By Daniel Tysinger

Tabata Training

By Daniel Tysinger Posted August 2, 2012 at 9:59 am

In previous articles, I have touched briefly on the Tabata Protocol and how you can incorporate it into your routine. Today, I will go into more detail and explain the benefits of this relatively new method of training.

In 1996, professor Izumi Tabata conducted a research study in concert with the Japanese speed skating team. The coach of the team wanted Tabata to analyze the effectiveness of his training method that consisted of short and intense bouts of work followed by short periods of rest. The protocol for his study consisted of subjects performing 4 minutes of work at a time, consisting of 20 seconds of work followed by 10 seconds of rest, for a total of 8 cycles. Each cycle consisted of the same type of exercises being repeated. For example, if you do a Tabata protocol with push-ups, each 20 second work interval will consist only of push-ups.

Four minutes might not sound like a long time, but it’s much longer than you think when you’re working at a high intensity, as is the case here. Take our above example of push-ups, by the time you’re in the last few cycles, you’re arms are shaking and just getting your chest off the ground feels like an accomplishment.

However, the work is worth the suffering. Tabata found that unlike traditional cardiovascular training, the Tabata protocol improves both aerobic (in the presence of oxygen) and anaerobic (without oxygen) conditioning. Tabata’s findings helped spearhead a new movement into what is commonly referred to as high intensity training (HIT) and its many variants. They all share a common theme of high intensity intervals with short periods or rest.

Most people are familiar with aerobic conditioning, which is the ability for a person to sustain work over a long period of time with moderate intensity. Aerobic activity uses oxygen to help burn fat for energy, and since there is nearly a limitless supply of fat cells to use, this can be sustained for a very long time. Examples include distance running and biking.

Anaerobic activity, on the other hand, is work done when oxygen cannot be used to help with energy use, specifically during very high intensity activities. Examples of anaerobic activity include sprinting, weightlifting or any kind of movement of skill that consist of sudden, explosive movements.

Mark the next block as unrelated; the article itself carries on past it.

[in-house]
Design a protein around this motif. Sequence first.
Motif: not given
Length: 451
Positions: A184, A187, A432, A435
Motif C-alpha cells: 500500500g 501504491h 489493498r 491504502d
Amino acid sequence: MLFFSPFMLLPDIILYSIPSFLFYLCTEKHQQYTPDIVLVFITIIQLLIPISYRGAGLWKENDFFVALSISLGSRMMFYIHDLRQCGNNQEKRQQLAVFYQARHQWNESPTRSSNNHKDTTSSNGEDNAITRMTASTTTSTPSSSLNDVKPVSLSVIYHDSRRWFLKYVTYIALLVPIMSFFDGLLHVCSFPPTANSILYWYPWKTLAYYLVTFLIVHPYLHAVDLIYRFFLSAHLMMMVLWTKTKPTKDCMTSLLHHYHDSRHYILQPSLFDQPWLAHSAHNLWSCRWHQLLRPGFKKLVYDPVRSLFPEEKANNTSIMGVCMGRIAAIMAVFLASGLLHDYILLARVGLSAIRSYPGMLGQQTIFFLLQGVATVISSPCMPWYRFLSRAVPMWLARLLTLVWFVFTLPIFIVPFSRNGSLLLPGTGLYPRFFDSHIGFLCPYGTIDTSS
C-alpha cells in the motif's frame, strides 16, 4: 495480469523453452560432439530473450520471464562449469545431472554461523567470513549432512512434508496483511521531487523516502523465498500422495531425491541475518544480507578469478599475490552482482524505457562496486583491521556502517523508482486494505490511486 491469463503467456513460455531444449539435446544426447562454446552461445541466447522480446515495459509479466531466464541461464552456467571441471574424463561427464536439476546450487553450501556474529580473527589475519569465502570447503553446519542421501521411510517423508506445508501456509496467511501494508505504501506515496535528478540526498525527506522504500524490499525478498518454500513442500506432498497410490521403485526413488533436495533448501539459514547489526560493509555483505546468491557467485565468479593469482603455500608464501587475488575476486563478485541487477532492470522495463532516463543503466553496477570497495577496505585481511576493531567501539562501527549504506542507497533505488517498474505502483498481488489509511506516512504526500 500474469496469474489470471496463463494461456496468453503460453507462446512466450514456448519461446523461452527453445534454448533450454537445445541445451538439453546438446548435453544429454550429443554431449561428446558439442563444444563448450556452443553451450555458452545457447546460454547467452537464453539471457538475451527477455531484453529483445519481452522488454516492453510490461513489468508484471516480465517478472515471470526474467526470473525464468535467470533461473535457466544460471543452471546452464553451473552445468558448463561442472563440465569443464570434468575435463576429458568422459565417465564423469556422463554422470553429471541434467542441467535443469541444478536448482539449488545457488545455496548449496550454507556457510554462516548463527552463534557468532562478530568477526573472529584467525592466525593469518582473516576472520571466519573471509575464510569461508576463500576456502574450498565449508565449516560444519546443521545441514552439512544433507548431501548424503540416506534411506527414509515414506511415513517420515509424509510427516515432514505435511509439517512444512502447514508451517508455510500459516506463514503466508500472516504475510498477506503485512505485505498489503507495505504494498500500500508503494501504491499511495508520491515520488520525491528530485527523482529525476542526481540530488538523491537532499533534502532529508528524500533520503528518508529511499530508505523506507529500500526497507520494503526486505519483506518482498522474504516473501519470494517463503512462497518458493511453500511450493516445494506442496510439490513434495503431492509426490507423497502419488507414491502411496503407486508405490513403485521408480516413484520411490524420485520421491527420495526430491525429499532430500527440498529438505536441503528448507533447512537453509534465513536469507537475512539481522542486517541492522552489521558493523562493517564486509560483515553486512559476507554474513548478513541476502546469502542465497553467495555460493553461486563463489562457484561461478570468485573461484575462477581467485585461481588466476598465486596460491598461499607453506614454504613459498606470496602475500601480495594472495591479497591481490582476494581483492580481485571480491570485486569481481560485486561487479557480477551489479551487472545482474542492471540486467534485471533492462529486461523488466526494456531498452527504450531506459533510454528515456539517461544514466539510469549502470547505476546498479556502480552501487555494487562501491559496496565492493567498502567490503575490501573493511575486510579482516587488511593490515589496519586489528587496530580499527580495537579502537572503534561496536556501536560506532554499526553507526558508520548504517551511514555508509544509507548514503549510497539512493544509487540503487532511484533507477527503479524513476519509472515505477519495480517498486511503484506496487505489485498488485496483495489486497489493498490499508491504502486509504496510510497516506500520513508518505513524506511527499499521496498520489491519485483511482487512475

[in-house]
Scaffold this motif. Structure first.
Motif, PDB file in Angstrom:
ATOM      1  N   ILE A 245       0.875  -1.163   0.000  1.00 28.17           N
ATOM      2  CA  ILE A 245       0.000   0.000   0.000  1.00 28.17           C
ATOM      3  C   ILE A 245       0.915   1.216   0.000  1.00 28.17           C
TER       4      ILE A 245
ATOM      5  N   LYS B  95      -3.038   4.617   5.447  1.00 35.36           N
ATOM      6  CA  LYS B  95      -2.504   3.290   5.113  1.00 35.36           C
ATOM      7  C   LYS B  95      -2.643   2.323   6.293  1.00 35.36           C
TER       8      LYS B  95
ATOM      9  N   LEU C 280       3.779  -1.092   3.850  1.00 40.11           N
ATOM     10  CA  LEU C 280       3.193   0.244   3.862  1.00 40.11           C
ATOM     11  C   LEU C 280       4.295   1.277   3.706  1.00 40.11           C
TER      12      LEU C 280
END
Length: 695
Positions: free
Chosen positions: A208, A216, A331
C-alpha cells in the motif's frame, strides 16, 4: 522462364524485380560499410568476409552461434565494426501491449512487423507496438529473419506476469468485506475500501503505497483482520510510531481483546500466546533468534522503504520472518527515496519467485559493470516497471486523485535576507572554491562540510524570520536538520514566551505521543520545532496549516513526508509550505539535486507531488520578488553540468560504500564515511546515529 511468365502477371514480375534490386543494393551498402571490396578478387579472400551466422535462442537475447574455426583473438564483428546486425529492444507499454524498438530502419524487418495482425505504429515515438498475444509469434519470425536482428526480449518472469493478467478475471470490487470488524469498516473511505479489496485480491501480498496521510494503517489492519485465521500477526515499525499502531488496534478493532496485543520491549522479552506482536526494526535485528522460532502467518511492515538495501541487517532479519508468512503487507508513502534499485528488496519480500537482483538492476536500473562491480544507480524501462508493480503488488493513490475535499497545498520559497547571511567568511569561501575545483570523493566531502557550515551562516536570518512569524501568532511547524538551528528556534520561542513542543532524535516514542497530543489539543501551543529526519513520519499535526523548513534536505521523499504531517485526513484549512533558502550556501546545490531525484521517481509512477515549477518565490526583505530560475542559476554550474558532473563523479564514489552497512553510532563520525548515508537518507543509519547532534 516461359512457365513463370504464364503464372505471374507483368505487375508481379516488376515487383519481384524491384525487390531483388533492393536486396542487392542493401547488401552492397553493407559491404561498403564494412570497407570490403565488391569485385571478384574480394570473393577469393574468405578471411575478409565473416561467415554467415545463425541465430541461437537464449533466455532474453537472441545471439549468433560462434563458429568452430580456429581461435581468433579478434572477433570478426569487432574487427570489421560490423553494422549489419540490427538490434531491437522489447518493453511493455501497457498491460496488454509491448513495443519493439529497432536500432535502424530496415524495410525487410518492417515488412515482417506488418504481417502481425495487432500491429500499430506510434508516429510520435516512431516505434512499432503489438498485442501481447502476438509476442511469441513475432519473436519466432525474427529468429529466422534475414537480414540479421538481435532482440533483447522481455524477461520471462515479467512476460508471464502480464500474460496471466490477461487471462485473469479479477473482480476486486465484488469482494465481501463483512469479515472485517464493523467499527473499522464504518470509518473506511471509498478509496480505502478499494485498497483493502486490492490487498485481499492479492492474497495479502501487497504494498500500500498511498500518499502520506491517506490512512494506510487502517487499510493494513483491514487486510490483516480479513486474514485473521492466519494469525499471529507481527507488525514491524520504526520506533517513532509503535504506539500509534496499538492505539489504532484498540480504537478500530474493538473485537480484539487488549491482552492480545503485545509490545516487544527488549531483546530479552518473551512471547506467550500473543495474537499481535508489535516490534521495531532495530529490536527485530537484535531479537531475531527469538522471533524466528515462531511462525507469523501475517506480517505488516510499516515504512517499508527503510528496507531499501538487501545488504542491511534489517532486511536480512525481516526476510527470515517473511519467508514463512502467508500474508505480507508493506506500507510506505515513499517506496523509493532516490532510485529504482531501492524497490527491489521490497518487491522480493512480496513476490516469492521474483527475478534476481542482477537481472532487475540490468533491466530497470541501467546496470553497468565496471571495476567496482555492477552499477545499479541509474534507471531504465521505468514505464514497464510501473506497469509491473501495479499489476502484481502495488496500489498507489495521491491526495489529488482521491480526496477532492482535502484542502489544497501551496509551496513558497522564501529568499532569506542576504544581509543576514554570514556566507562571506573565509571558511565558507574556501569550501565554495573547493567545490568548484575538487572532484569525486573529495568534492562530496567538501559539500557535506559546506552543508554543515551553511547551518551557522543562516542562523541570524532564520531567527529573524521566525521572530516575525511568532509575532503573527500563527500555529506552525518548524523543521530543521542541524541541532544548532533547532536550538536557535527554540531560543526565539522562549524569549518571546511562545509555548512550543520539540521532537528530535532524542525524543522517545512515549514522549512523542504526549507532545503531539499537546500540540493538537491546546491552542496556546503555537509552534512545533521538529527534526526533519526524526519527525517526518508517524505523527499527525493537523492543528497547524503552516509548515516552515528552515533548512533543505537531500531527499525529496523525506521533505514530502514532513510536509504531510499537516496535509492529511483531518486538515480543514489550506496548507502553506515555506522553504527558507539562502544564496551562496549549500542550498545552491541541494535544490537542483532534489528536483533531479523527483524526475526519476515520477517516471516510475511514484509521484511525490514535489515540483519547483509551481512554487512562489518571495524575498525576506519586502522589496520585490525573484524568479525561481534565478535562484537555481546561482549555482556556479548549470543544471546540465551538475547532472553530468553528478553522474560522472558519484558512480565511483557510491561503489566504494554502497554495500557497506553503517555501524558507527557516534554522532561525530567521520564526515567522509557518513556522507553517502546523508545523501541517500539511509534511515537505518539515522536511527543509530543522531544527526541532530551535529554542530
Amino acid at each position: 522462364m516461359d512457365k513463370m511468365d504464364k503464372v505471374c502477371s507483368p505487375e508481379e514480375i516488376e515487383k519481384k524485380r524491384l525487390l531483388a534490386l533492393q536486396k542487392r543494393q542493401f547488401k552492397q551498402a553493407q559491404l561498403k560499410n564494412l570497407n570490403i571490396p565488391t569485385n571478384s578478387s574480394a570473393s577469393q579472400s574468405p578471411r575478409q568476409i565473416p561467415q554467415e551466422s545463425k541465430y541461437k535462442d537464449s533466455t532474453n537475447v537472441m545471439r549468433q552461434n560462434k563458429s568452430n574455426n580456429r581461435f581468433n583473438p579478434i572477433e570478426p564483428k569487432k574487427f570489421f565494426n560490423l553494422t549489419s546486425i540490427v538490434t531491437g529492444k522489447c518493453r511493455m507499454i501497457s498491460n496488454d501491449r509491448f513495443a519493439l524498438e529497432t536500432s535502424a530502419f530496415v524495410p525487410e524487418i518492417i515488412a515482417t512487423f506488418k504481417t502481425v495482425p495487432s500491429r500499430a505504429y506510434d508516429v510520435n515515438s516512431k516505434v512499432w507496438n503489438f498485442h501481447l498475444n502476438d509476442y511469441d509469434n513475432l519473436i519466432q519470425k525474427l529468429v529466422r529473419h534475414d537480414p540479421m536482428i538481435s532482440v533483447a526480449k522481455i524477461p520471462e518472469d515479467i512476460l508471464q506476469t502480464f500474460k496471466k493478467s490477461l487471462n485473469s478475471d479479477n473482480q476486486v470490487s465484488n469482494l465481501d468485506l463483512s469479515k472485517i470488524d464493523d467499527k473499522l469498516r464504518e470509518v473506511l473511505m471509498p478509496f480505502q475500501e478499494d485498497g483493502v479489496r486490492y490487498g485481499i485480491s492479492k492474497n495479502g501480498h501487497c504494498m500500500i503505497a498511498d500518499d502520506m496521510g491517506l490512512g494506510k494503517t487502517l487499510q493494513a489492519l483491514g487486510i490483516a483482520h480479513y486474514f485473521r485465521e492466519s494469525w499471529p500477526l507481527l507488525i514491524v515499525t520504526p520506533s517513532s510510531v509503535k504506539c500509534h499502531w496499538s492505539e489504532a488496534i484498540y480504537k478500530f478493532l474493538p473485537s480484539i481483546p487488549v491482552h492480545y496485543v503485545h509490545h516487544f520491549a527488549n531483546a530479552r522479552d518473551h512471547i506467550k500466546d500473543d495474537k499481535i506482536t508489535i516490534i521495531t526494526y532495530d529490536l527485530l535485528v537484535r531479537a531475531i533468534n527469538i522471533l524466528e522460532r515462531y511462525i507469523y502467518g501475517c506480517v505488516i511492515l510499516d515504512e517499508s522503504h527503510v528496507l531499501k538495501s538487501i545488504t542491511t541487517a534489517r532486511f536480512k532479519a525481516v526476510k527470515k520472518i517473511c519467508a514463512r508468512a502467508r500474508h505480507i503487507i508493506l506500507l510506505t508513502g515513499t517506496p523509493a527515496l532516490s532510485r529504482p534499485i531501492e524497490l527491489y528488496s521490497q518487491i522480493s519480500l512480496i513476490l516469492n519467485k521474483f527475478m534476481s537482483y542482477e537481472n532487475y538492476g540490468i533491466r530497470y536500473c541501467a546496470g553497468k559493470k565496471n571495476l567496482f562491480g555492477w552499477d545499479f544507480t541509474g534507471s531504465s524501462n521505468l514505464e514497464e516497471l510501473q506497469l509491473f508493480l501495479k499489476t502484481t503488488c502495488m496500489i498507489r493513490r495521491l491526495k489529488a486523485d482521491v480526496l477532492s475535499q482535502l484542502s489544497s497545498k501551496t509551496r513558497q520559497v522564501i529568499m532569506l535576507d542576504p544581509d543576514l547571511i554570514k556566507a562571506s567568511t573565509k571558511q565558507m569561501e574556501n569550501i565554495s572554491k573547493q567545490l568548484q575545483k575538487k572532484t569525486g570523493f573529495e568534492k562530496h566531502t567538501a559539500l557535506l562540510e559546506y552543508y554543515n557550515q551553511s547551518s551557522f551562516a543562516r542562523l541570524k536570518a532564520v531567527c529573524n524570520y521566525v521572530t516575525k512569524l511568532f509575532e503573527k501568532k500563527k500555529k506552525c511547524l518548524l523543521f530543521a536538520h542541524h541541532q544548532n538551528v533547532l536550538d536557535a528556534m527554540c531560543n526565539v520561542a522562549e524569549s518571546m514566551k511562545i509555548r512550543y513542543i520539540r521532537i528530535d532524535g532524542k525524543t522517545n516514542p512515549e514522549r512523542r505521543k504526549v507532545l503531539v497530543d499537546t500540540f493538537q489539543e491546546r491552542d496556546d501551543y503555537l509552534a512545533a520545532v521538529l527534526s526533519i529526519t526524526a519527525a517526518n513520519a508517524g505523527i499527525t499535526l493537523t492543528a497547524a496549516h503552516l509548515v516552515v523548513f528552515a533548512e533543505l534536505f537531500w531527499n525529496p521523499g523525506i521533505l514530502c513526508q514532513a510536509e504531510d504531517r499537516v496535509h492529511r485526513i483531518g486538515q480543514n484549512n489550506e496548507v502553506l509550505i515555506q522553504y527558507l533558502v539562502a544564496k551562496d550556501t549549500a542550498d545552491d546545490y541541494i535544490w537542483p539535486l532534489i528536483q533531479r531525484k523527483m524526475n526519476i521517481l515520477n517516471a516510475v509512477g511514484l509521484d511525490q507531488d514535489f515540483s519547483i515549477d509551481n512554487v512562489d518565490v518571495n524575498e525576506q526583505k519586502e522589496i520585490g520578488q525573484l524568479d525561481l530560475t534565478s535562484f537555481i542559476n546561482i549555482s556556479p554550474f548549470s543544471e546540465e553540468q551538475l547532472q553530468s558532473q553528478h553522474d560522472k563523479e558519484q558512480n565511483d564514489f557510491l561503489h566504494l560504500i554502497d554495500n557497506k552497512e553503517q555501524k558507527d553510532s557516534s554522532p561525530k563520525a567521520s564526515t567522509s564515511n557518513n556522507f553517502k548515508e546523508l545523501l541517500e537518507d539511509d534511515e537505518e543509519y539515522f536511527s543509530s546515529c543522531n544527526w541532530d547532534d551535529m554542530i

Tabata training is a great way to mix up your exercise routine and presents a great challenge for those looking to increase their exercise intensity. I do it myself and frequently use it with my clients.

I’ve also put my own spin on it by incorporating circuits into the routine. Instead of doing the same exercise the entire time, I change it up by doing a circuit of four or five different exercises for each 20 seconds interval. For example, you can do a Tabata that consist, in this order, of push-ups, squats, jumping jacks and crunches. This circuit style allows you to work different body parts without fatiguing the same muscle over and over, and enables you to work for a longer period of time. For example, if you were to do the above circuit, you could do each exercise for two minutes a piece, for a total of eight minutes of work. This method is not as intense as the original, but still quite a good workout. As you progress, you can add more time to each exercise, and increase your total workout time to 12, 16 or 20 minutes.

The Tabata Protocol is an effective, high intensity method that is a great way to increase both aerobic and anaerobic capacity. However, take caution if you choose to do it. If you’re not used to working at high intensities, this will be quite a change. Chances are you’ll be quite sore after your first time, so work into it gradually. Feel free to experiment with your own exercises, and be sure to check out www.tabatatimer.com to help you keep track of your times.

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